Wednesday, November 28, 2007

Fame Junkies (copy)

While attending school in the early years of 2000, I frequently lunched with a vivacious group of would-be librarians. Our conversations would evolve around school, grades, families, and celebrities. The celebrity talk came mostly from a twenty-something who brought her People or Entertainment Weekly to lunch.

At first I considered the celebrity talk a little odd. Here we were, soon to be professional information retrievers, and we were discussing the worst dressed at the academy awards. Instead of discussing metadata retrieval or authoritative websites, we were wondering who Nicole Kidman was dating. How odd right?

Not really. Between 2000 and 2005, circulation of major news magazines such as Time and Newsweek only increased by 2%. Celebrity magazines enjoyed a boom as sales increased 18.7%, according to Ruth McFarland of Bacon Information.

Another interesting poll, conducted jointly by Boston and Babson Colleges, asked 653 Rochester, New York, middle school students out of a list of famous people who would they most like to have dinner with. George W. Bush and Albert Einstein received 2.7 and 3.7 percent respectfully, yet Paris Hilton and 50 Cent placed third at 15.8% each. The second place winner was Jesus Christ at 16.8%, and the first place winner was Jennifer Lopez at 17.4 percent.

Within the same poll, students were asked which jobs they would prefer out of five choices. In fifth and fourth place, below 10%, were CEOs of a major company “like General Motors” and “a Navy Seal.” Only 13.6% chose to be “a United States Senator,” and 23.7 % opted for “the president of a great university like Harvard or Yale.” At 43.4 percent and in first place, students ecstatically choose to be “the personal assistant to a very famous singer or movie star.” Not a famous person, mind you, but a lowly assistant!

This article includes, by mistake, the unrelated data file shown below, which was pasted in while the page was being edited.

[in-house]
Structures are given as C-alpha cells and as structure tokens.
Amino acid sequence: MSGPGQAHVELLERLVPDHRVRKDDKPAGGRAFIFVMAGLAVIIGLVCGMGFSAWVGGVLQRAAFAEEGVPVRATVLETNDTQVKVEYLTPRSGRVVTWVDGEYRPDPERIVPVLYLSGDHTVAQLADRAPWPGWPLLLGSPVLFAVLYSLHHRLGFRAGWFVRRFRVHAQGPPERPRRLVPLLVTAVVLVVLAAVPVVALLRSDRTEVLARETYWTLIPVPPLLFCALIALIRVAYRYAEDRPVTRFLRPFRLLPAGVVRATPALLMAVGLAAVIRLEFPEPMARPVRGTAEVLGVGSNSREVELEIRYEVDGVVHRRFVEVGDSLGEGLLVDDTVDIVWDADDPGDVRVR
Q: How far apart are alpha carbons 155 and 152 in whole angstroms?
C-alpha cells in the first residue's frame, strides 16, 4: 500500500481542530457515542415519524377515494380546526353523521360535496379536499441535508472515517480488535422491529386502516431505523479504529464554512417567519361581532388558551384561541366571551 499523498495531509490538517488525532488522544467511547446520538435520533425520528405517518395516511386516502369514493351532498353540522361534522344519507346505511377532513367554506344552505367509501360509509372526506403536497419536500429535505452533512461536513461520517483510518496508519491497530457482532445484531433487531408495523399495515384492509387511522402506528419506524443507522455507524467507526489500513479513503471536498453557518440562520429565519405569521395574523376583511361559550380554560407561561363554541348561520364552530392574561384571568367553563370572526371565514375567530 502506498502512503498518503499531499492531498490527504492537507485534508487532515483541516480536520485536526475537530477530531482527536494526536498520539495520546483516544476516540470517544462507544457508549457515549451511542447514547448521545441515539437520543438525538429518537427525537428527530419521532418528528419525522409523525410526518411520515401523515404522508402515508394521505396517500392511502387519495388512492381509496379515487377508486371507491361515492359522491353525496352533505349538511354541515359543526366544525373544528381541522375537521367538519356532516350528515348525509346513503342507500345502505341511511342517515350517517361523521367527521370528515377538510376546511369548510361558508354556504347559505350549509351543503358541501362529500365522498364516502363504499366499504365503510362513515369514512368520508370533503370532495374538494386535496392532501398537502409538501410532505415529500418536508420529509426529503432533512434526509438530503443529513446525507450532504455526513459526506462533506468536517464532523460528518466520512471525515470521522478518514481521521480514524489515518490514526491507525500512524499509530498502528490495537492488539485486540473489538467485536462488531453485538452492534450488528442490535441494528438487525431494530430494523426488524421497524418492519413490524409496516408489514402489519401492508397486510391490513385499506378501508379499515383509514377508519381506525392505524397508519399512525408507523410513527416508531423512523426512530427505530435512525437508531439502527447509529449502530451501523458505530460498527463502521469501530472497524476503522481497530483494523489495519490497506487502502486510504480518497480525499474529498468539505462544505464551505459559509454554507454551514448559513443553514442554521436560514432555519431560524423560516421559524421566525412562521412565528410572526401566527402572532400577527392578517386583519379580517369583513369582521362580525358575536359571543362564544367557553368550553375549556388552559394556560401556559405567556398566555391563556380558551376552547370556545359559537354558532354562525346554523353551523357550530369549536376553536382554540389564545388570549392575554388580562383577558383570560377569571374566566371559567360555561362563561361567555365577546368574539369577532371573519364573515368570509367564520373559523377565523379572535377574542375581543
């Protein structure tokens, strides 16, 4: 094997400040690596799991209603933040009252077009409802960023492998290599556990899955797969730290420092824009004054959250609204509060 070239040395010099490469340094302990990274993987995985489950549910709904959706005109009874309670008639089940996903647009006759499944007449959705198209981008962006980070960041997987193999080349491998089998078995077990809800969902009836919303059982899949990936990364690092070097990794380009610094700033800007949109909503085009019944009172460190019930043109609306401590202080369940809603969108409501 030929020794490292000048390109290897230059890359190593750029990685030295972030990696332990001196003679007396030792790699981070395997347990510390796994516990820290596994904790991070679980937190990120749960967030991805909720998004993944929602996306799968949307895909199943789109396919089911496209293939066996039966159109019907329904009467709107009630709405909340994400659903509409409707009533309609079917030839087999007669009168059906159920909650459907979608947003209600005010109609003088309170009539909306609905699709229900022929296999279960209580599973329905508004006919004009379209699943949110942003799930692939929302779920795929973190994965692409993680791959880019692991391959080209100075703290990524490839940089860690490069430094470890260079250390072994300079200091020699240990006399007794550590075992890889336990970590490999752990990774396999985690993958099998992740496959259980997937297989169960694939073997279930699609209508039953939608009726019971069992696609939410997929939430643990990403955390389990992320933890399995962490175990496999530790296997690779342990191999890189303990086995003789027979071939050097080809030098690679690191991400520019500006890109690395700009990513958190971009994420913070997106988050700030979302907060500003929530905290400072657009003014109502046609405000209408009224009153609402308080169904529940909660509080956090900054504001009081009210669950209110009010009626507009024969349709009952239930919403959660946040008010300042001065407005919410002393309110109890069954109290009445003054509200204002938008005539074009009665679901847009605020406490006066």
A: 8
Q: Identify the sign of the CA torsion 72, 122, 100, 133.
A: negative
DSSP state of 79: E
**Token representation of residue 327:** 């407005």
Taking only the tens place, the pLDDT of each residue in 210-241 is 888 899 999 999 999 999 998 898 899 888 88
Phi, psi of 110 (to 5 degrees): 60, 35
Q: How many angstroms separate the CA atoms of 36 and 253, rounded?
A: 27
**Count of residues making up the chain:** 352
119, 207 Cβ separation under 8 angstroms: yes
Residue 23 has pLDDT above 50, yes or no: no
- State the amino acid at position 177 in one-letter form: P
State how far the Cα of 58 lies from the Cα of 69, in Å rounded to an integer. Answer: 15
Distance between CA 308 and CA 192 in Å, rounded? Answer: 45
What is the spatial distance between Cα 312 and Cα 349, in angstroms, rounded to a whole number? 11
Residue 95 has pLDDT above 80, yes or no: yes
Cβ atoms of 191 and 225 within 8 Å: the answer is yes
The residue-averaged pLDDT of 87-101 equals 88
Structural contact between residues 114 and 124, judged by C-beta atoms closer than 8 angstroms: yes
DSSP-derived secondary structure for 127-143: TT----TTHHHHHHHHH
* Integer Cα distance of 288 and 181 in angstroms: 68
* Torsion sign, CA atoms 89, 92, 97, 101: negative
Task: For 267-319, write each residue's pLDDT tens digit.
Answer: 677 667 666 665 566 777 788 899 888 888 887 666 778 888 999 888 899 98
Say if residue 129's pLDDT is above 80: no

All these fascinating statistics are compiled in Jake Halpern’s Fame Junkies: The Hidden Truths behind America’s Favorite Addiction. This book, utterly enthralling, provides the psychological reasoning for our obsession with Anna Nicole Smith and Paris Hilton.

Halpern actually has an answer to the age-old question, “What price is fame?”

Sunday, November 25, 2007

Warm Springs (copy)

We saw the billboards as we entered the state of Georgia. The signs, whetting our appetites as we neared, featured a beautiful white house with Greek columns. The slogan may have read, “Come See FDR’s Little White House.” I’m not quite sure since I was seven years old at the time, and heading to a family vacation at Callaway Gardens, Georgia.

Brother and I understandably discarded our connect-the-dots game, as I envisioned red carpets, and he pictured huge body guards. Three billboards later, we began to beg and plea for the excursion as we neared Atlanta. Just on the other side of the city, where skyscrapers had distracted our thoughts, we caught another billboard, and our parents sighed.

We were practically standing in our seats as we pulled into the “Little White House” parking lot. We bounded to the gate, but were dismayed as the parents caught sight of the prices and herded us back to the car. Tickets were too high, we were told. Fortunately, our father caved after seeing our long faces, and we headed back to the house.

After the grand tour our dad was eager to hear if all the fuss was worth it. He asked my nine-year-old brother what he thought of the excursion. To all of our surprises he exclaimed, “Little White Rip-Off!”